“A particular program may, for example, look great when you evaluate it with the total resource cost test or the societal cost test, but it does have the overall impact of increasing electricity rates. And so how you weight those different tests will depend on your judgment of whether that's cost effective,” said Kury. “The Florida Public Service Commission has tended to give a little bit more weight to that rate impact measure.”
Earthjustice Associate Attorney Jordan Luebkemann argues the RIM test is inadequate.
“We call it the profits test, because really, what that measure is looking at is, would saving electricity impact the utility’s profit, therefore putting upward or downward pressure on rates,” he said. “Under the RIM test, basically every time someone is actually saving electricity, the utility is losing out. And they're counting that as a cost, which really seems to tip the scale.”
“It's been a utility line to talk about how things will affect rate. But ultimately, people don't pay rates, they pay bills. And if your rates go up slightly, but you're saving a lot of electricity, that means that you're paying less money,” he said.
But according to Kury, the PSC leans on the RIM test because while the societal cost and total resource cost tests may show that a conservation program is overall beneficial to society, it may result in higher utility bills for some segments of the population.
“Many times, the vulnerable portion of society is the people who don't participate in the programs, either because they don't have the means or they don't have the ability,” he said. “As an example, renters have a difficult time participating in energy efficiency programs because they don't own the dwelling where they're living. And if the landlord doesn't pay the electricity bill, the landlord may not have an incentive to invest in energy efficiency measures.”
JEA even defended the use of the RIM test during the FEECA hearings last week.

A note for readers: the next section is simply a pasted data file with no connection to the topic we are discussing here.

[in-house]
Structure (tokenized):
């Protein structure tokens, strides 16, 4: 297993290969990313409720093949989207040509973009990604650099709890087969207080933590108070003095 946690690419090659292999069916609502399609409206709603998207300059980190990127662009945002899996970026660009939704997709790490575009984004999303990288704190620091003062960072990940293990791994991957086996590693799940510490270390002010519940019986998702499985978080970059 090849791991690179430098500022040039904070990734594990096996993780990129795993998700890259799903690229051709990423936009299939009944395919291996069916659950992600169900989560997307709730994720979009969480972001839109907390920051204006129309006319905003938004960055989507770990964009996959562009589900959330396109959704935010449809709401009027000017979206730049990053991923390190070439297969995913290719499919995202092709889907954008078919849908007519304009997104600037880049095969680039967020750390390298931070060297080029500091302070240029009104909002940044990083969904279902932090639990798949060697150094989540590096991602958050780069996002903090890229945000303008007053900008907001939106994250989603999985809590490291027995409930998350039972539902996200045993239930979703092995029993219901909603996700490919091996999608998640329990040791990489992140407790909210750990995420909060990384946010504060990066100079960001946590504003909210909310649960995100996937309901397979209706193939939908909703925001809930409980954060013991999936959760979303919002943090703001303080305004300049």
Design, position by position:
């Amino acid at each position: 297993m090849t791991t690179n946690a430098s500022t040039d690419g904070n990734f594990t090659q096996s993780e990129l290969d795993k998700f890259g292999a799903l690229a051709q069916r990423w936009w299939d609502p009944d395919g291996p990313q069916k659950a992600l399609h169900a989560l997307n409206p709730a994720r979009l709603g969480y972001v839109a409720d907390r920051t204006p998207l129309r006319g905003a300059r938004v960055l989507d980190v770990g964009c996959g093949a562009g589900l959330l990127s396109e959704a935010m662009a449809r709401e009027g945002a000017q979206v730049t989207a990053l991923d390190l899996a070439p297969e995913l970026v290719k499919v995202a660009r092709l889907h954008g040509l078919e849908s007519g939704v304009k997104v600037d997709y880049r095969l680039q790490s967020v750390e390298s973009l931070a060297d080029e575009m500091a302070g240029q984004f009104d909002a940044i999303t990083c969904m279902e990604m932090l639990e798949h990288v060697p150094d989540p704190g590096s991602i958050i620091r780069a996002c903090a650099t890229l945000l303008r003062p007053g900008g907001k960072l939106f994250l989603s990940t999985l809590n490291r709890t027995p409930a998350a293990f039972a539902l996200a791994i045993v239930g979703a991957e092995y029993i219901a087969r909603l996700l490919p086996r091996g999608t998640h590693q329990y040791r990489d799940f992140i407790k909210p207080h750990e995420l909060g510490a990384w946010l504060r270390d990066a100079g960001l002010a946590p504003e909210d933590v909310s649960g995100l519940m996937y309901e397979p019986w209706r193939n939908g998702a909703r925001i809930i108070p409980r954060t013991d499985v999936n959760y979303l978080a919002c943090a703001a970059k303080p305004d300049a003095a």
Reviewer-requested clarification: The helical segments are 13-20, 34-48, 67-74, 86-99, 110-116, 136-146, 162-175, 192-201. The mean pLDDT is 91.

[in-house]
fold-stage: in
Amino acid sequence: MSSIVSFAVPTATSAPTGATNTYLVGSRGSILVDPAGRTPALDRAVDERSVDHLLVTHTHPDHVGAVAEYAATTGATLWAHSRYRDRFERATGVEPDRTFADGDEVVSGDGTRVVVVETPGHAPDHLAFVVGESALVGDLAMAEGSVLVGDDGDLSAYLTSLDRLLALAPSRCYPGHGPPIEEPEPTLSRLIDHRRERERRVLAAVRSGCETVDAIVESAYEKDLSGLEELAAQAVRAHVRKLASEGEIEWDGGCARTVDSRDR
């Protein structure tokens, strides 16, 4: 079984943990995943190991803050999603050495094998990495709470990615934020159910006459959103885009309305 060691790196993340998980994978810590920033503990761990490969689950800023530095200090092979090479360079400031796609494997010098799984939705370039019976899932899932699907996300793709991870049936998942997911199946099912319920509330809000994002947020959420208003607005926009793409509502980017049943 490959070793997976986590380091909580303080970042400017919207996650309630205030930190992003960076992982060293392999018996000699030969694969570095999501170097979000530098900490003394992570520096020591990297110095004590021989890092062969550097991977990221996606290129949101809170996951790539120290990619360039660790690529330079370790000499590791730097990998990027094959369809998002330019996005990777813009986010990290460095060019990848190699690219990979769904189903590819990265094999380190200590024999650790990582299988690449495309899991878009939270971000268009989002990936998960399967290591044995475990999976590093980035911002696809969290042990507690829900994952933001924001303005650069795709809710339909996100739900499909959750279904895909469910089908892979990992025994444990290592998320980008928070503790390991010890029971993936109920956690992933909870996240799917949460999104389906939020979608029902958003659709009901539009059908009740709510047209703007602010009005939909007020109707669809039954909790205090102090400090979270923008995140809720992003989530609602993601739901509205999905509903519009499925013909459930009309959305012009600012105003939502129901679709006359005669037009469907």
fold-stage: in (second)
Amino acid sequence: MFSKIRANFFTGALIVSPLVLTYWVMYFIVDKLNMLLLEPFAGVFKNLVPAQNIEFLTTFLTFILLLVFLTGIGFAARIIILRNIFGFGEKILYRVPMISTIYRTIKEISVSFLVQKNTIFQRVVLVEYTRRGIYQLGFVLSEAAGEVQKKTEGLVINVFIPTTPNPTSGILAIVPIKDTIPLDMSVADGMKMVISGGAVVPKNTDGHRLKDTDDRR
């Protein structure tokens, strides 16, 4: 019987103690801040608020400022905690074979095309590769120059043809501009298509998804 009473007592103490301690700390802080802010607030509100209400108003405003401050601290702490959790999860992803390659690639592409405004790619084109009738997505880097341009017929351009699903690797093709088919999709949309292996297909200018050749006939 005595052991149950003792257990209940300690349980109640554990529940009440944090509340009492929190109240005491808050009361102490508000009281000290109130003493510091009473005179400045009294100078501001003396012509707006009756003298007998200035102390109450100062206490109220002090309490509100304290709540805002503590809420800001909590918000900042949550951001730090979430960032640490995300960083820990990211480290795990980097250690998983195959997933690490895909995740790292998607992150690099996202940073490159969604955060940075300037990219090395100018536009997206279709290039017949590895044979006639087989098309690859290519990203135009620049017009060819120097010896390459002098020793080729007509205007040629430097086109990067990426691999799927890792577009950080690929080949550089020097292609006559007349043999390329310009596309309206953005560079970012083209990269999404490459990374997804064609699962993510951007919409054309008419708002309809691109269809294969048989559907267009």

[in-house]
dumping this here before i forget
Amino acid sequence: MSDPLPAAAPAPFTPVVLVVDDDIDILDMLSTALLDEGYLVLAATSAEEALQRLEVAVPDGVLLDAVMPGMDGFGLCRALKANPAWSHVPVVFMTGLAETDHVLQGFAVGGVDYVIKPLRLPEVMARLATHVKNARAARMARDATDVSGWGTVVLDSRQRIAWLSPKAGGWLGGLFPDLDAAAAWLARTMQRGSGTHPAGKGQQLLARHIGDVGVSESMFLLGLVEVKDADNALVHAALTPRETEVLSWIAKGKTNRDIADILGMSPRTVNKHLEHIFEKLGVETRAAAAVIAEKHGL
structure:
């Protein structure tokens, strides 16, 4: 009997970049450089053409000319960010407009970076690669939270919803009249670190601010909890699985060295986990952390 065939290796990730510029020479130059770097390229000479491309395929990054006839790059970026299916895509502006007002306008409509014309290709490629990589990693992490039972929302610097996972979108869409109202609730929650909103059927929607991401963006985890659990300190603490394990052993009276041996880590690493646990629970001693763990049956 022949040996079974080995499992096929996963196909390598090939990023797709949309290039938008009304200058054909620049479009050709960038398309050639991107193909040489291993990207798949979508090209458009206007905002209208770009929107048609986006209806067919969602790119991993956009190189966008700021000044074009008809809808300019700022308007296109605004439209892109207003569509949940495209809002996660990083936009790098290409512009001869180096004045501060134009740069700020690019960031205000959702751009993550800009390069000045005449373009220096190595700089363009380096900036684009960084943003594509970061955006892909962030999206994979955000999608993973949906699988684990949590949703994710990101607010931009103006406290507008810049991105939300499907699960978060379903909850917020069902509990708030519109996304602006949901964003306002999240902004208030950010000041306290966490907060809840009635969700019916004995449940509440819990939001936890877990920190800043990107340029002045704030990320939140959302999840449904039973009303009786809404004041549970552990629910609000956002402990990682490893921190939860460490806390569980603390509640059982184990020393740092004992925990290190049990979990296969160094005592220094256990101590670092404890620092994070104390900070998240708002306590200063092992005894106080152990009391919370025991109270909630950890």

“The RIM test is appropriate for screening DSM programs, particularly for municipal utilities like JEA, because the RIM test ensures no DSM related upward pressure on customers’ rates. It is particularly appropriate in establishing DSM goals for municipal utilities, such as JEA, over which the Commission does not have rate making authority,” JEA’s Donald Wucker said. “Local governing is a fundamental aspect of public power. It provides the necessary latitude to make local decisions regarding the community’s investment and energy efficiency that best suits local needs and values. Accordingly, as the Commission has recognized in prior proceedings, it is appropriate for the Commission to set goals based on RIM and to defer to the municipal utilities governing bodies to determine the level of investment in any non-RIM based measures.”
According to Kury, the bottom line is that utilities don’t pay for anything.
“Ultimately, it's the people who are paying for everything,” Kury said. “The Public Service Commission has a responsibility to make sure that when the people are being asked to spend their money on these programs, and it is the people who are spending money on these programs, that they are getting a fair return on their investment. And that's where this whole idea of cost effectiveness comes in.”
The PSC is expected to make a final decision on utility conservation goals during a conference this fall. The utilities will then use those goals to inform the types of energy efficiency programs they’ll offer. Then in five years the process will repeat.